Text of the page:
(MENAFN - Arab News) Bashar Assad's regime will not stay in power for much longer, Arab League chief Nabil Al-Arabi said yesterday, urging the opposition meeting in Qatar to put aside their differences.
"It is important to unify the opposition's visions, especially because everyone knows that the regime in Syria will not remain for long and one day there will be a new situation in Syria," he told reporters in Cairo.
Meanwhile, fighters shelled a key area of Damascus home to Bashar Assad's Alawite minority, embassies and government buildings yesterday, as they stepped up attacks on his power base.
Britain, meanwhile, said it was to open talks with fighters in a bid to help end the violence, as the main opposition Syrian National Council said it hoped resolving the conflict would top re-elected US President Barack Obama's agenda.
The shelling of the mainly Alawite Mazzeh 86 district came a day after a car bomb hit another Alawite area in the suburb of Qudsaya.
State news agency SANA reported that shelling had hit a home and mini-bus carrying passengers in Mazzeh 86, which lies beneath Assad's hilltop presidential palace, killing at least three civilians.
The Syrian Observatory for Human Rights, a Britain-based watchdog that relies on a network of activists and medics on the ground, confirmed the shelling and said at least three civilians were killed and 12 wounded.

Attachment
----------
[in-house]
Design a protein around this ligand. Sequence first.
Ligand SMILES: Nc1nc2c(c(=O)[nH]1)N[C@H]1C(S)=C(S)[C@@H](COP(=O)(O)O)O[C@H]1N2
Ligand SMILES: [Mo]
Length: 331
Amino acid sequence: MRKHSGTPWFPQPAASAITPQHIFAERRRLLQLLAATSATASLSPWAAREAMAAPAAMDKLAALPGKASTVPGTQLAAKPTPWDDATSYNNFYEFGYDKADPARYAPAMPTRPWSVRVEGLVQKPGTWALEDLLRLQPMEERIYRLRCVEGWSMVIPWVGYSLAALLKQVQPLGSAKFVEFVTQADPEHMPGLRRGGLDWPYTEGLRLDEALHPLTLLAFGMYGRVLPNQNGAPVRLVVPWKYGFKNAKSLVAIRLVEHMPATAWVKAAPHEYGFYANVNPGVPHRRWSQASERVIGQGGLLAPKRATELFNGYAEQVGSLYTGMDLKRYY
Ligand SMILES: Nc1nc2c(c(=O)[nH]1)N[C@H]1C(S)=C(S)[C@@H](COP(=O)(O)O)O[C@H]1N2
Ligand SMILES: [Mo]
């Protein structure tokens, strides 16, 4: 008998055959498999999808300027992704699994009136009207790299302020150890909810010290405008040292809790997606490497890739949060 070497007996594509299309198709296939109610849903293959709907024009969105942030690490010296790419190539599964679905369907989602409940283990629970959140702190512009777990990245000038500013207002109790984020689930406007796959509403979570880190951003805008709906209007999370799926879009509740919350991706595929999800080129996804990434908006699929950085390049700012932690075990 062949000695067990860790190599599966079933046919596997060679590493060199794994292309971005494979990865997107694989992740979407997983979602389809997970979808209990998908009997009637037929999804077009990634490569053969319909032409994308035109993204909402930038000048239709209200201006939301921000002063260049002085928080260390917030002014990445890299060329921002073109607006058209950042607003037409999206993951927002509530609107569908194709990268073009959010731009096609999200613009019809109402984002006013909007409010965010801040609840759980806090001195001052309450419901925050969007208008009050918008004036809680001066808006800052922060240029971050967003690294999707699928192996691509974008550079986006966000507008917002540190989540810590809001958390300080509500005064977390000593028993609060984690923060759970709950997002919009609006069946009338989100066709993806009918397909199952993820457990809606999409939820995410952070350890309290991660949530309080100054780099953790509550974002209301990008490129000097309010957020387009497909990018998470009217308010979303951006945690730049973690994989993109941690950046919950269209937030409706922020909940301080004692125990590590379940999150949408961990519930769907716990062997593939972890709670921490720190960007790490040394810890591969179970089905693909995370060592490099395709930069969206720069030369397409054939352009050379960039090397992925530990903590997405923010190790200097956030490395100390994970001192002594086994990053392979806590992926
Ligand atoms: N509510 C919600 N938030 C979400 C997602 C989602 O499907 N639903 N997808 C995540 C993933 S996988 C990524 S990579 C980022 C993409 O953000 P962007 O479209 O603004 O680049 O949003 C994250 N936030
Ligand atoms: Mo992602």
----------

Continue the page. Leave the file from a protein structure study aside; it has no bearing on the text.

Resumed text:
It previously reported a car bombing in an Alawite area of the suburb of Qudsaya on Tuesday that killed 19 people and another on Monday in Mazzeh that left 13 dead.
Fighters also clashed with pro-regime Palestinian forces in the southern Al-Hajar Al-Aswad district and the nearby Palestinian refugee camp of Yarmuk, the Observatory said, as the area becomes another focal point of violence.
A car bomb exploded overnight in the southern Qadam neighborhood, causing at least one death, after violence on Tuesday left a total of 150 dead, including 79 civilians, the Observatory said.
Meanwhile, fighting raged and air strikes hit in other parts of the country, while SANA reported that a judge was killed when a car bomb exploded outside his home in the northeast of Damascus.
In a preliminary toll, the Observatory said at least 22 people had been killed yesterday.
British Prime Minister David Cameron's office said the government had authorized officials to have contacts with military representatives of the opposition.
Cameron himself toured a desert refugee camp for Syrians in northern Jordan yesterday.
As the Syrian National Council met in the Qatari capital Doha, leading members said Obama should work to end the crisis following his re-election.
The Observatory says more than 36,000 people have died since the uprising against Assad's regime erupted in March 2011, first as a protest movement and then an armed uprising after repression.